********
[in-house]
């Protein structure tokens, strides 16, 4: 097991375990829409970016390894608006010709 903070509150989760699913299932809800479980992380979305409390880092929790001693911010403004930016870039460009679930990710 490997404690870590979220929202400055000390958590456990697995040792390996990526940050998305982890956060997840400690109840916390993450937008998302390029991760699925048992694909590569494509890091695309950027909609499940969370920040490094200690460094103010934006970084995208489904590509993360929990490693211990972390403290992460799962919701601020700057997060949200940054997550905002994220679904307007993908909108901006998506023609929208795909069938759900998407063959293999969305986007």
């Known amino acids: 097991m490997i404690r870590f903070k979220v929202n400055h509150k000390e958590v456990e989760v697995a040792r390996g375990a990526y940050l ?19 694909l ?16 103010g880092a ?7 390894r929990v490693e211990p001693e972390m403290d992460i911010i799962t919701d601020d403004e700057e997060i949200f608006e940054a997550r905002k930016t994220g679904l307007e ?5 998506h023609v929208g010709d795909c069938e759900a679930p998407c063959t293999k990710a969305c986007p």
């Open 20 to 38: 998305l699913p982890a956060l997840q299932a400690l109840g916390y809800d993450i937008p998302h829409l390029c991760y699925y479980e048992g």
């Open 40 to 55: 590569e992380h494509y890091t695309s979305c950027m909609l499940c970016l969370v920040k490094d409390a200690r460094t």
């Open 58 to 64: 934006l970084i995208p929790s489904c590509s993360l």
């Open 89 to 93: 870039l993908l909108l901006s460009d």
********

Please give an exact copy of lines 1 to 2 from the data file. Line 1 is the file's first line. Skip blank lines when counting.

[in-house]
């Protein structure tokens, strides 16, 4: 097991375990829409970016390894608006010709 903070509150989760699913299932809800479980992380979305409390880092929790001693911010403004930016870039460009679930990710 490997404690870590979220929202400055000390958590456990697995040792390996990526940050998305982890956060997840400690109840916390993450937008998302390029991760699925048992694909590569494509890091695309950027909609499940969370920040490094200690460094103010934006970084995208489904590509993360929990490693211990972390403290992460799962919701601020700057997060949200940054997550905002994220679904307007993908909108901006998506023609929208795909069938759900998407063959293999969305986007």